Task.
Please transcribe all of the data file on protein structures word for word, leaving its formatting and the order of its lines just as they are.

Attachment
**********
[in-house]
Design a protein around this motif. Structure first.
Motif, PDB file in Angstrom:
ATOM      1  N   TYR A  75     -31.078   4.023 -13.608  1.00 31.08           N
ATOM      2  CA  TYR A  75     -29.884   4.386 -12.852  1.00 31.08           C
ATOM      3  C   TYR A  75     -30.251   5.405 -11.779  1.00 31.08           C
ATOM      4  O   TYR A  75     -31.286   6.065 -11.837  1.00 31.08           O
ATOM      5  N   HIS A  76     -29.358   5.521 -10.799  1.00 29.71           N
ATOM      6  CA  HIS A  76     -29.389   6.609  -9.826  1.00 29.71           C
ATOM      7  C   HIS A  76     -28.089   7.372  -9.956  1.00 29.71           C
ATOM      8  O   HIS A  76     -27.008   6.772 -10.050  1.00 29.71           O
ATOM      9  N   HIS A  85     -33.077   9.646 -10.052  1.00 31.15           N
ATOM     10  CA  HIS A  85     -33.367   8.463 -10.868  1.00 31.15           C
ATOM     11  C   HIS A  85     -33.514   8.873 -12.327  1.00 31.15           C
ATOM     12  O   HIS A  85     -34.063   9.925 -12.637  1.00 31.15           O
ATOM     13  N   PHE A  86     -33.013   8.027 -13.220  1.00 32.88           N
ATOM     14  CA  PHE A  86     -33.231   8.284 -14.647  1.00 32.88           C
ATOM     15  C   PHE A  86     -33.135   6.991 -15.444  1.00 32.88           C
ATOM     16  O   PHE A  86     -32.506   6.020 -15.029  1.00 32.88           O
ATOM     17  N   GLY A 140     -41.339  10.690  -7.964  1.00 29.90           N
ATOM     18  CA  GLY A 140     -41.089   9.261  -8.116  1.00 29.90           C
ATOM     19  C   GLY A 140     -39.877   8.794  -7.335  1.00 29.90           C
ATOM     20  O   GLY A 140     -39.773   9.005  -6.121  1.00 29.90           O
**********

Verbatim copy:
[in-house]
Design a protein around this motif. Structure first.
Motif, PDB file in Angstrom:
ATOM      1  N   TYR A  75     -31.078   4.023 -13.608  1.00 31.08           N
ATOM      2  CA  TYR A  75     -29.884   4.386 -12.852  1.00 31.08           C
ATOM      3  C   TYR A  75     -30.251   5.405 -11.779  1.00 31.08           C
ATOM      4  O   TYR A  75     -31.286   6.065 -11.837  1.00 31.08           O
ATOM      5  N   HIS A  76     -29.358   5.521 -10.799  1.00 29.71           N
ATOM      6  CA  HIS A  76     -29.389   6.609  -9.826  1.00 29.71           C
ATOM      7  C   HIS A  76     -28.089   7.372  -9.956  1.00 29.71           C
ATOM      8  O   HIS A  76     -27.008   6.772 -10.050  1.00 29.71           O
ATOM      9  N   HIS A  85     -33.077   9.646 -10.052  1.00 31.15           N
ATOM     10  CA  HIS A  85     -33.367   8.463 -10.868  1.00 31.15           C
ATOM     11  C   HIS A  85     -33.514   8.873 -12.327  1.00 31.15           C
ATOM     12  O   HIS A  85     -34.063   9.925 -12.637  1.00 31.15           O
ATOM     13  N   PHE A  86     -33.013   8.027 -13.220  1.00 32.88           N
ATOM     14  CA  PHE A  86     -33.231   8.284 -14.647  1.00 32.88           C
ATOM     15  C   PHE A  86     -33.135   6.991 -15.444  1.00 32.88           C
ATOM     16  O   PHE A  86     -32.506   6.020 -15.029  1.00 32.88           O
ATOM     17  N   GLY A 140     -41.339  10.690  -7.964  1.00 29.90           N
ATOM     18  CA  GLY A 140     -41.089   9.261  -8.116  1.00 29.90           C
ATOM     19  C   GLY A 140     -39.877   8.794  -7.335  1.00 29.90           C
ATOM     20  O   GLY A 140     -39.773   9.005  -6.121  1.00 29.90           O